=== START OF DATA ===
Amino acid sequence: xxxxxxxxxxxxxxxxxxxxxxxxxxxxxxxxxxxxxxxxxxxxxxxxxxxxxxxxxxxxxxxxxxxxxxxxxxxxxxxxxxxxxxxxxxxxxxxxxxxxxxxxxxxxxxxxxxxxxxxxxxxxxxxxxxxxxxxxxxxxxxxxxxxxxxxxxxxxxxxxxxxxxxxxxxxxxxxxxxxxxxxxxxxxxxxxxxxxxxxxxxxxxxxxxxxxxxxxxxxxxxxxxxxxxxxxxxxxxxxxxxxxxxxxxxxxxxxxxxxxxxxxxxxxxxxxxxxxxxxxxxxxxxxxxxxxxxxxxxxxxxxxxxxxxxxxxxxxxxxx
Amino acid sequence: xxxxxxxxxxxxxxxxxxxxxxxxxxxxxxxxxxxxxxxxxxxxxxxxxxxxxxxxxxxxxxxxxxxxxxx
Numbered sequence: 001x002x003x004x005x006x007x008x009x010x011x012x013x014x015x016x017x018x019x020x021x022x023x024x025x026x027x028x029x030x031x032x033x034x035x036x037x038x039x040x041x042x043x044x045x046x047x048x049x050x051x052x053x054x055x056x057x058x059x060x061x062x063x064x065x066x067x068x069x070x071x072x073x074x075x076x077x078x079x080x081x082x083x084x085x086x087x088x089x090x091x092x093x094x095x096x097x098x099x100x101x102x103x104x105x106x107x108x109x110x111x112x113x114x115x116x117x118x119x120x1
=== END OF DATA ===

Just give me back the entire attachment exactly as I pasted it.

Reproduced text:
Amino acid sequence: xxxxxxxxxxxxxxxxxxxxxxxxxxxxxxxxxxxxxxxxxxxxxxxxxxxxxxxxxxxxxxxxxxxxxxxxxxxxxxxxxxxxxxxxxxxxxxxxxxxxxxxxxxxxxxxxxxxxxxxxxxxxxxxxxxxxxxxxxxxxxxxxxxxxxxxxxxxxxxxxxxxxxxxxxxxxxxxxxxxxxxxxxxxxxxxxxxxxxxxxxxxxxxxxxxxxxxxxxxxxxxxxxxxxxxxxxxxxxxxxxxxxxxxxxxxxxxxxxxxxxxxxxxxxxxxxxxxxxxxxxxxxxxxxxxxxxxxxxxxxxxxxxxxxxxxxxxxxxxxx
Amino acid sequence: xxxxxxxxxxxxxxxxxxxxxxxxxxxxxxxxxxxxxxxxxxxxxxxxxxxxxxxxxxxxxxxxxxxxxxx
Numbered sequence: 001x002x003x004x005x006x007x008x009x010x011x012x013x014x015x016x017x018x019x020x021x022x023x024x025x026x027x028x029x030x031x032x033x034x035x036x037x038x039x040x041x042x043x044x045x046x047x048x049x050x051x052x053x054x055x056x057x058x059x060x061x062x063x064x065x066x067x068x069x070x071x072x073x074x075x076x077x078x079x080x081x082x083x084x085x086x087x088x089x090x091x092x093x094x095x096x097x098x099x100x101x102x103x104x105x106x107x108x109x110x111x112x113x114x115x116x117x118x119x120x1